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MasterCard shares up after earnings beat estimates
NEW YORK |
NEW YORK (Reuters) - MasterCard Inc (MA.N) reported on Thursday quarterly earnings fell 21 percent, but the results beat forecasts as the world's second-largest credit card network increased prices and cut expenses, sending its shares higher.
However, revenue grew at a much slower pace than in recent quarters and was boosted mainly by price increases rather than higher transaction volumes, a sign the company is feeling the impact of a global slowdown in consumer spending.
The company's bigger rival, Visa Inc (V.N), posted better-than-expected quarterly earnings on Wednesday but lowered its revenue growth forecast, citing tougher economic conditions for 2009.
MasterCard also reduced operating expenses 16 percent as it cut advertising and marketing costs aggressively, tightened travel expenses, and slashed consulting fees.
"I think the numbers look pretty good on the surface -- revenue growth of double digits and very good expense control," said Ken Crawford, senior portfolio manager at Argent Capital Management.
MasterCard shares were up 10 percent at $154.28 in midday trading on the New York Stock Exchange, outperforming a 2.5 percent rise in the Dow Jones U.S. Financials index .DJUSFN.
Excluding a special item related to the settlement of a consumer protection suit, the company earned $243 million, or $1.87 per share, in the fourth quarter. On that basis, analysts had expected $1.61 per share, according to Reuters Estimates.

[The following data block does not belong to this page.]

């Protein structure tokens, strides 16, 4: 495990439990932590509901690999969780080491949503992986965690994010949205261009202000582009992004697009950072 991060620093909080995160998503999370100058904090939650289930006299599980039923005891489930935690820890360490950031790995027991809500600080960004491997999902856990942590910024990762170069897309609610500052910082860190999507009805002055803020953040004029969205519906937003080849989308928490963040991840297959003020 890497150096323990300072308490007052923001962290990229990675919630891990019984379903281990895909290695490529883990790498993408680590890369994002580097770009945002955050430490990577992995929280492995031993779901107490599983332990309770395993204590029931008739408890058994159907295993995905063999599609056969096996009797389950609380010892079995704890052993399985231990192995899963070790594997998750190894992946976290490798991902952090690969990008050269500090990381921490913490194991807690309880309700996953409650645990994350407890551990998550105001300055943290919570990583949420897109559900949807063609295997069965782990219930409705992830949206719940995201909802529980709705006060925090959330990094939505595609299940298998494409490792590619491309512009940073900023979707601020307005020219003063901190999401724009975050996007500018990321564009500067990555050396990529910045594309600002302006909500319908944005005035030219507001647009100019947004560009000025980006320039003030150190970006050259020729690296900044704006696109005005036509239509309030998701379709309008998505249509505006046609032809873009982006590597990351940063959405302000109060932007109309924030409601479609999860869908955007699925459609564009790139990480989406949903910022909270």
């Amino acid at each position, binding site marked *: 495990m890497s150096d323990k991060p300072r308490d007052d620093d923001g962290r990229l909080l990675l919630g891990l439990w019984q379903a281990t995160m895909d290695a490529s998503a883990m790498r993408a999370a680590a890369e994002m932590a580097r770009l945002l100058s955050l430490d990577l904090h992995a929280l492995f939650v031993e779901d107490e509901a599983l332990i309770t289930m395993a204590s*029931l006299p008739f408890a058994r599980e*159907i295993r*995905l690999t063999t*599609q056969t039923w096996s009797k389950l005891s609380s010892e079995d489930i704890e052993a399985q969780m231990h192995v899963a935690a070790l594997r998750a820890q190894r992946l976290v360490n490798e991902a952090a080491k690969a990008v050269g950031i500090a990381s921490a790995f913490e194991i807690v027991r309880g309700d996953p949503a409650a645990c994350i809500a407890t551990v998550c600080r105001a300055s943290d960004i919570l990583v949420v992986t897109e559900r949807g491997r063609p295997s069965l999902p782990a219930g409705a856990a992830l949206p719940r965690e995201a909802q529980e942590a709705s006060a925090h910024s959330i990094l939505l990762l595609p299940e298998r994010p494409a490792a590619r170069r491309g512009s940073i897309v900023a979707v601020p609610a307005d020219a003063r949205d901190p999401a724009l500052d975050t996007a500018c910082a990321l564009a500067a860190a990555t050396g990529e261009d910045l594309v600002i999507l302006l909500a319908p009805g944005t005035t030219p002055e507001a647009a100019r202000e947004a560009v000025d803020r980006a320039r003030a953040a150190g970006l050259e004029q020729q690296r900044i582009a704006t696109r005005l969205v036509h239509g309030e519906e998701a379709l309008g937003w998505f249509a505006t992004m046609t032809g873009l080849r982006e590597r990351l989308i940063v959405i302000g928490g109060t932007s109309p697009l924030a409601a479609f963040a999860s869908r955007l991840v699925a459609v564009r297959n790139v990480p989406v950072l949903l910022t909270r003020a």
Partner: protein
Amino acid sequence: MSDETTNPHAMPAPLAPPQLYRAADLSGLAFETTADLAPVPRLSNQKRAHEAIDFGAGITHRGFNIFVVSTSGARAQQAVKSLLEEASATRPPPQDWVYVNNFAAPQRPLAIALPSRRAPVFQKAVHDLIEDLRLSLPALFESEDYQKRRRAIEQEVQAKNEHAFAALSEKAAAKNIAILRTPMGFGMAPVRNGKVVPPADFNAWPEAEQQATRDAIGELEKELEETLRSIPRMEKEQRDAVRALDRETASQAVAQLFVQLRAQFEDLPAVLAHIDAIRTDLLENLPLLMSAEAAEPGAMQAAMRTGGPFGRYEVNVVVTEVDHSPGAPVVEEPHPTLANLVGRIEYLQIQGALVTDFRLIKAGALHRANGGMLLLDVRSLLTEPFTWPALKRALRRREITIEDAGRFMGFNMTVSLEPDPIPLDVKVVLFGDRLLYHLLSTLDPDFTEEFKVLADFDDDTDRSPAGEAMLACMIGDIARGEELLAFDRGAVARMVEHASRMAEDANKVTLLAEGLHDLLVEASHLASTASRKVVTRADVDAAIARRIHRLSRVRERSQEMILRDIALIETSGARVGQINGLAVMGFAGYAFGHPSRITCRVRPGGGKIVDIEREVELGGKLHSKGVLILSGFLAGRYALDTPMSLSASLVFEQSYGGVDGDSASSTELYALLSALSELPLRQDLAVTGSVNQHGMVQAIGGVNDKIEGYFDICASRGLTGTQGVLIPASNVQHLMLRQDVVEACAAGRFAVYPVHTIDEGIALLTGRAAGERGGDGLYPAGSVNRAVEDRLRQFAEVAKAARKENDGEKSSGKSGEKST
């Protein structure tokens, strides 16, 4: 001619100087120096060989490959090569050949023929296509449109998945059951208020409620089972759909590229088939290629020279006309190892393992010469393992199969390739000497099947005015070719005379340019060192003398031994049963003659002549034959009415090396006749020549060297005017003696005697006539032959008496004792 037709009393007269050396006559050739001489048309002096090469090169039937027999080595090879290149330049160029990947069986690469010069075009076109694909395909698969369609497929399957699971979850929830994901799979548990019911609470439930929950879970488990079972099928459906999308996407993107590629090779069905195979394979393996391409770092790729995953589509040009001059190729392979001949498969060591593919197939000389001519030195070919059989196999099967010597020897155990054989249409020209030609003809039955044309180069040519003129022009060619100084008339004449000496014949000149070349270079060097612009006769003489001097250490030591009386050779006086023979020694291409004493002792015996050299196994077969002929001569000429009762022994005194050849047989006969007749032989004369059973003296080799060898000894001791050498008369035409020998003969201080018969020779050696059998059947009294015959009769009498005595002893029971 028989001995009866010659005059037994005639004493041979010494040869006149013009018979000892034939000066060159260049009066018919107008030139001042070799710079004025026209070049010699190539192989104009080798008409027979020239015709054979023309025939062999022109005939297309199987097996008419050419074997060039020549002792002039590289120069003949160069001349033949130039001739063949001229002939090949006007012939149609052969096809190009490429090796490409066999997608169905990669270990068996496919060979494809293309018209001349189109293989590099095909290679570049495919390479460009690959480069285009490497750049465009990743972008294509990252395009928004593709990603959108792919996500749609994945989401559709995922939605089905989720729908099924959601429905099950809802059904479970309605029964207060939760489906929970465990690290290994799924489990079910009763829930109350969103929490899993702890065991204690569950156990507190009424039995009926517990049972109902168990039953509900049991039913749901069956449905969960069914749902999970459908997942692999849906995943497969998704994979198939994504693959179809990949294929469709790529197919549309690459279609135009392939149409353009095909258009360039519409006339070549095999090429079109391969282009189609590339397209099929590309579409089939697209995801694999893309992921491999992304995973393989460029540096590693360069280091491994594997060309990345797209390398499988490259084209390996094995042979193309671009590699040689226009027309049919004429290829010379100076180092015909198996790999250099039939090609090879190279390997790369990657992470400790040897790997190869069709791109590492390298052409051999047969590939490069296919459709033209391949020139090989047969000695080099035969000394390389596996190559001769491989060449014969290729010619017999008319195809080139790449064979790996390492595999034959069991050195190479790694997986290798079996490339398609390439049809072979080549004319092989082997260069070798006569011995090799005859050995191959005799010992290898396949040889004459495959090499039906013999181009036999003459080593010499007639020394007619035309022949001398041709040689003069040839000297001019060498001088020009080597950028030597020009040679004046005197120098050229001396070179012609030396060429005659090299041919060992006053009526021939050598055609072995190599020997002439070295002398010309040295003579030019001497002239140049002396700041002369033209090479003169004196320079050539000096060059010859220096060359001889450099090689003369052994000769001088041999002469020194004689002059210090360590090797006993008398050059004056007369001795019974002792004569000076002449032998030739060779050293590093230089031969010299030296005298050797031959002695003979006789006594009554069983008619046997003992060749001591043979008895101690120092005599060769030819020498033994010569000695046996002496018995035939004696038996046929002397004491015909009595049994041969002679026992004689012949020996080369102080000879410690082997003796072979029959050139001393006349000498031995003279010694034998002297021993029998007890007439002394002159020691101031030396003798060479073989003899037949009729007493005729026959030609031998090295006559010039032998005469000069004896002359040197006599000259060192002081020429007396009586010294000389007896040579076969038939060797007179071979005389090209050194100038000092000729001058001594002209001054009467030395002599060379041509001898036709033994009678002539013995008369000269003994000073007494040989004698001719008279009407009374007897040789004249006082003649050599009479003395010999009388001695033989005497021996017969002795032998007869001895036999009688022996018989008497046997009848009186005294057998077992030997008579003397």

Revenue increased 14.2 percent to $1.2 billion as the company increased the prices it charges banks for cross-border transactions worldwide and fees in Europe.
MasterCard "is not immune to the economic slowdown by any means, but the ability to generate 8 (percentage) points of revenue growth through prices is very unique," Crawford said.
MasterCard said 2009 net revenue growth will likely fall short of its long-term objective of 12 percent to 15 percent amid a steep slowdown in consumer spending from the United States to Europe and Asia.
Chief Executive Robert Selander said on a conference call with analysts that worldwide process volume were essentially flat in January compared with a year earlier. He said if the trend continued, it would be a challenge to achieve the new revenue growth target.
"We (are bracing) ourselves for a pretty tough year ahead," MasterCard Chief Financial Officer Martina Hund-Mejean told Reuters.
Selander said on a conference call, "We're working hard on creating flexibility and options as it relates to where and how we spend money, should that situation either persist or worsen over the course of the year."
SPENDING IS MAIN CONCERN
Gross dollar volume increased 3.4 percent to $605 billion on a local currency basis, but the growth was slower than in recent quarters. Purchase volume grew only 3.1 percent, hit by lower use of credit cards in the United States and a slowdown in Europe, Canada, Asia and Latin America.
"What obviously concerns us is the decrease in consumer spending," Hund-Mejean said. "We don't believe that you will see anything better in 2009 than what we saw at the end of the fourth quarter."
The company reaffirmed its longer-term objectives of annual margin expansion of 3 to 5 percentage points and average annual net income growth of 20 percent to 30 percent.
(Editing by John Wallace)
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